Boot-Time Solutions Beg the Question

By Peter Coffee  |  Posted 2002-07-22 Print this article Print

Until I can get an uptime-all-the-time operating system, I'll be using paired disks.

Ive heard from dozens of readers in response to my July 1 column, describing my search for a complete disk defragmentation solution for my Windows NT and Windows 2000 machines. Executive Software Internationals DiskKeeper ( was most often mentioned, with its boot-time options to deal with problems on startup that cant be addressed once the operating system is fully awake.

Self-interested or not, Executive Software has commissioned startling research on the effects of fragmentation on application performance. Theyre not pretty. (You can get the whole story via

Also praised by its users was the less well-known, but perhaps even more capable, PerfectDisk 2000 from Raxco Software (, whose claims include more complete treatment of FAT partitions than DiskKeeper provides. But there are new releases all the time, so time-of-purchase investigation is always a good idea. Ive seen DiskKeeper but havent adopted it for personal use; PerfectDisk 2000 is new to me, and I hope to have observations to share soon.

If I dont seem delighted to be told about not one, but two, products that do what Symantecs knowledge base suggested was no longer possible, its because the promise of boot-time defragmentation makes me wonder, "Why would I want to reboot?" I dont want to reboot, ever. I want my systems up and running, 24-by-7, so I can check a fact or receive e-mail or process a digital photo as the need arises. I hardly need add that servers should certainly be running around the clock, without interruption for any normal (or even most abnormal) maintenance.

Ive seen enough operating systems with dynamic loading and unloading facilities to believe that any normal operation that requires a reboot should be barred from any future operating system design. But until I can get an uptime-all-the-time operating system, Ill be using paired disks in the same way that the original LISP machines used memory: When half my storage gets full or otherwise degrades, Ill copy what I want to the other half and wipe the first half down to bare metal.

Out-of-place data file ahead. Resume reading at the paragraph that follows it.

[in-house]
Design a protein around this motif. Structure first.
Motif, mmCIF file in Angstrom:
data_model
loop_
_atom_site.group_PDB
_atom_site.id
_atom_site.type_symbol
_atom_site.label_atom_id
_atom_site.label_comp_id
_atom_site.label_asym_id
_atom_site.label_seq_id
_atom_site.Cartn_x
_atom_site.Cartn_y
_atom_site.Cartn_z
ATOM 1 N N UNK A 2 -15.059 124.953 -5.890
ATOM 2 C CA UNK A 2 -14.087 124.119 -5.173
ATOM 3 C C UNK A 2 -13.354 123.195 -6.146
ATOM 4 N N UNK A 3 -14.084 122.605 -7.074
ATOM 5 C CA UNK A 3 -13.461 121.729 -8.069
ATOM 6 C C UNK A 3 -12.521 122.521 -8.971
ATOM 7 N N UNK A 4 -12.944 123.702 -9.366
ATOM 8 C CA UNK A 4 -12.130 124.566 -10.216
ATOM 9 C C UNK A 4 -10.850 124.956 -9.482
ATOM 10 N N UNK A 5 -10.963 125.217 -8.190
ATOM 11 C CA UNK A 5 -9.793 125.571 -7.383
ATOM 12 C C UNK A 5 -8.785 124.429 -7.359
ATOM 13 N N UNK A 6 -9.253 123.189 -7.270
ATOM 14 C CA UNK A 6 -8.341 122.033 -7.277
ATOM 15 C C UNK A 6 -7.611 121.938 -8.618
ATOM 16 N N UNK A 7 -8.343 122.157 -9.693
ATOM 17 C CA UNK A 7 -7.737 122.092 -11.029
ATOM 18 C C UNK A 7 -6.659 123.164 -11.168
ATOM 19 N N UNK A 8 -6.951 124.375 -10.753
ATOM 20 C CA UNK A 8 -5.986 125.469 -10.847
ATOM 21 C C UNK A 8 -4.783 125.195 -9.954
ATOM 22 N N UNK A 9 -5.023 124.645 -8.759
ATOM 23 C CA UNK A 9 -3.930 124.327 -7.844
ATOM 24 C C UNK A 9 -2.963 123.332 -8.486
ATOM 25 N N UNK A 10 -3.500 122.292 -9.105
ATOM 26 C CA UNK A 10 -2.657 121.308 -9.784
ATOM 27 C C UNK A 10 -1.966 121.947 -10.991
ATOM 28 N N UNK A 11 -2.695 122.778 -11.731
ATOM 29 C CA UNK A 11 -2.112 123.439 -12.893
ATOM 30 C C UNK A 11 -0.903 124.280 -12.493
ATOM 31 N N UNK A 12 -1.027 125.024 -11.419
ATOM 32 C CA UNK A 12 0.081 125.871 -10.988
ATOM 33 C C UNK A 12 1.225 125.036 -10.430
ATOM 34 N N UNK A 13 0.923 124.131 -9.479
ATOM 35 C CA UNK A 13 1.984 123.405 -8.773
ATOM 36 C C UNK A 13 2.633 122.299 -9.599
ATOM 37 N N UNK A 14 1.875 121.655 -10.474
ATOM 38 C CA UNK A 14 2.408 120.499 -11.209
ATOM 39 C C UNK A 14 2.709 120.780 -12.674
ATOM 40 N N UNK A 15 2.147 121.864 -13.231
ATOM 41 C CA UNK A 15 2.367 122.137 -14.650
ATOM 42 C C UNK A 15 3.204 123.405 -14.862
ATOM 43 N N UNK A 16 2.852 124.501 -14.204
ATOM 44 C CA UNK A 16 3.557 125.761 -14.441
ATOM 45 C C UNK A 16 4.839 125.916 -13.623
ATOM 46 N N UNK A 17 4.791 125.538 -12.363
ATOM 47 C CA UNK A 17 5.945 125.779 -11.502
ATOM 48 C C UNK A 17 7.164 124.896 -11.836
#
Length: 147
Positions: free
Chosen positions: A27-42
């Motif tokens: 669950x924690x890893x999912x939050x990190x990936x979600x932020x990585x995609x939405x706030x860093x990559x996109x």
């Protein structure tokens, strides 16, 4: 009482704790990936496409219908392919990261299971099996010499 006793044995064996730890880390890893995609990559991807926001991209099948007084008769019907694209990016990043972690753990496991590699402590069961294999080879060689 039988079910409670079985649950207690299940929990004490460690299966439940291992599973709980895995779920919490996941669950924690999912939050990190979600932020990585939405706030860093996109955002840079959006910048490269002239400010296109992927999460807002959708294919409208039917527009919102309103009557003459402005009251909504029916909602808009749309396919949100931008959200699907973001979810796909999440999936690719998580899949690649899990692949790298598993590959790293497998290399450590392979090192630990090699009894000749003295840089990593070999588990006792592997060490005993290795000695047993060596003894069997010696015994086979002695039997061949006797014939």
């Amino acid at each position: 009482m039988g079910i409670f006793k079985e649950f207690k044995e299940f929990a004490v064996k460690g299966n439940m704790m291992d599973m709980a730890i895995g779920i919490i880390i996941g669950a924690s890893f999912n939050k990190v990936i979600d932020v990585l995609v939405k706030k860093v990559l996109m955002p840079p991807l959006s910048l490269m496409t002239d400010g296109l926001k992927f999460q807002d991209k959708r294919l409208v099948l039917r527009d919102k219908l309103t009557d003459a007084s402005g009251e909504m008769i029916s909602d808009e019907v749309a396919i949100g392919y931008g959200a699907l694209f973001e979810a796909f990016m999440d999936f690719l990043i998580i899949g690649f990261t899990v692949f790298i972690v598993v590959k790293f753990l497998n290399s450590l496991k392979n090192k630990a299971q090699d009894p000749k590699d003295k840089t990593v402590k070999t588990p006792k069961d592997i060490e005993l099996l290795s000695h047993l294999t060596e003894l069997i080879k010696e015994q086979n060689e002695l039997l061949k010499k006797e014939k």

And Ill do it on my schedule, not at the convenience of something that wants to take control of my machine while Id rather be working.

Tell me how you keep them running at

Peter Coffee is Director of Platform Research at, where he serves as a liaison with the developer community to define the opportunity and clarify developers' technical requirements on the company's evolving Apex Platform. Peter previously spent 18 years with eWEEK (formerly PC Week), the national news magazine of enterprise technology practice, where he reviewed software development tools and methods and wrote regular columns on emerging technologies and professional community issues.Before he began writing full-time in 1989, Peter spent eleven years in technical and management positions at Exxon and The Aerospace Corporation, including management of the latter company's first desktop computing planning team and applied research in applications of artificial intelligence techniques. He holds an engineering degree from MIT and an MBA from Pepperdine University, he has held teaching appointments in computer science, business analytics and information systems management at Pepperdine, UCLA, and Chapman College.

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